Charles Bediako led the U19 FIBA World Championships in points per shot and ranked seventh in offensive rating. That’s even more impressive when you consider he just turned 17 last March, which means he played against an age group on average two years older than him.
The six-foot-11 center excelled at generating second-chance opportunities and earning foul shots, in part because his thin 215-pound frame led to him losing his balance on most contact plays but also because he was a constant threat to catch-and-score around the goal and due to his consistent involvement in scrums.
Bediako moved well in pick-and-roll defense and played with good activity as a help defender but fouled like crazy and rebounded at a below average clip for a center.
The Brampton, Ontario native acted mostly as a finisher out of the dunker spot. He can play above the rim as a target for lobs sneaking behind the defense but hasn’t shown to be an explosive leaper in a crowd, isn’t yet strong enough to score through contact regularly and struggled with his touch on non-dunk finishes – converting 64% of his 25 two-point shots, which is actually not all that impressive when you consider the nature of his role.
Bediako really made a killing crashing the offensive glass, though. He is a tip-dunk threat, can rebound outside of his area and has a quick second jump to fight for 50-50 balls or play volleyball at the basket – collecting 12.8% of Canada’s misses when he was on the floor.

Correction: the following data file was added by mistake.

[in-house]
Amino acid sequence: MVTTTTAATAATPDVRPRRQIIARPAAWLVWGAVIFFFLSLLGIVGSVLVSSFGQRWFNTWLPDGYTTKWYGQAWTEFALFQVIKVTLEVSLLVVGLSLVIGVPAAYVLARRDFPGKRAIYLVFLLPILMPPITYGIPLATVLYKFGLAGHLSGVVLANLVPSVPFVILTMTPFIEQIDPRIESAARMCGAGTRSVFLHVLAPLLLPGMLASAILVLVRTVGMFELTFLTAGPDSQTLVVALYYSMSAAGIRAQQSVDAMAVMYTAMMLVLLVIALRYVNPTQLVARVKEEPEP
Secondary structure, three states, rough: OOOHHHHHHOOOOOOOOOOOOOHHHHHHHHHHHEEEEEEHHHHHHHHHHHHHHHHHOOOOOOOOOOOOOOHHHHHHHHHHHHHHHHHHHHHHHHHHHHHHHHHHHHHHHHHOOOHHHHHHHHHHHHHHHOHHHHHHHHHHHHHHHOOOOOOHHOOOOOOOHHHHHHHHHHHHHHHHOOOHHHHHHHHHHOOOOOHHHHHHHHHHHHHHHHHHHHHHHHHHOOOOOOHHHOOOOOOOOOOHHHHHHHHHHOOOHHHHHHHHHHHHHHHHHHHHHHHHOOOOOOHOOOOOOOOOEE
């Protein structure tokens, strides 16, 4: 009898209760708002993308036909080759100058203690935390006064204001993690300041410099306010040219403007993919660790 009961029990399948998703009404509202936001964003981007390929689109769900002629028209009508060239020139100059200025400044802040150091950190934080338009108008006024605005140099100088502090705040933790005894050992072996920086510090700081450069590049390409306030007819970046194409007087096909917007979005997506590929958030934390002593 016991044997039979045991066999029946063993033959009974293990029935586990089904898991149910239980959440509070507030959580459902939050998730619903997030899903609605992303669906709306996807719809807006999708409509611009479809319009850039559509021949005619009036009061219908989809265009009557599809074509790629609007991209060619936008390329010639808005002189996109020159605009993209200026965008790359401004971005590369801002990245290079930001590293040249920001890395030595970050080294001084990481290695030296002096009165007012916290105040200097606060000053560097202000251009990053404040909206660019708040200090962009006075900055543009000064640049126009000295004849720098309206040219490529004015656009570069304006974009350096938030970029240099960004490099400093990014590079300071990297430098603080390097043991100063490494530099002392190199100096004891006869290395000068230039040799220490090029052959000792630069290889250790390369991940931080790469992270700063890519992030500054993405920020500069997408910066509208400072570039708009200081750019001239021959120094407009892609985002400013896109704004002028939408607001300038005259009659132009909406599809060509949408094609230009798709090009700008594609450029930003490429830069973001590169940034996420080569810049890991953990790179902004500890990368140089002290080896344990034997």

As a constant threat to score or pick up a miss around the goal, Bediako was involved in a lot of scrums. He is also thin for his height and showed so-so coordination when he had to dribble, which led to him losing his balance on most contact plays and earning the benefit of the whistle a fair amount, as Bediako averaged 13.4 free throws per 40 minutes – a tournament-leading mark.
He is a poor foul shooter at this point of his development, converting just 64.3% of his free throws, but the sheer volume of his trips to the charity stripe resulted in him earning 43.5% of his points from there.
Bediako played with good intensity as a rim protector – stepping up to the front of the basket as the last line of defense and actively coming across the lane in help defense. His average of 1.9 blocks per 40 minutes might not be all that impressive but he made a ton of plays in the hidden areas of the game – preventive rotations that discouraged opponents from attacking all the way, guarding with his arms up around the basket, challenging shots via verticality and altering a lot of shots thanks to his length.
Bediako sold out for blocks from time-to-time but the biggest concern regarding his interior defense is his fouling. He averaged 7.3 personal fouls per 40 minutes, which limited his playing time and prevented him making more of an impact.
Another troubling area is his rebounding. Bediako boxed out opponents somewhat regularly but wasn’t physical and got pushed out of the way constantly – collecting just 15.2% of opponents’ misses when he was on the floor, a low mark for a center.
He showed decent mobility dropping back in pick-and-roll defense – sliding and backpedaling fluidly to prevent ball-handlers from turning the corner and getting his hands on some poor feeds to the roll man (averaging 1.6 steals per 40 minutes). In the few times he ventured above the foul line, Bediako even put in the effort to contest a pull-up three-pointer effectively.
He is not suited to defend stretch big men in the pick-and-pop, though. There were glimpses of effectiveness contesting catch-and-shoot’s with maximum hustle but for the most part his closeouts were slow.
 DOB: 3/10/2002
EDITOR’S NOTE: Rafael Uehara is the managing editor of ‘Basketball Scouting’. More of his work can be found here or at RealGM, where he is a regular contributor. He can be followed on twitter as @rafael_uehara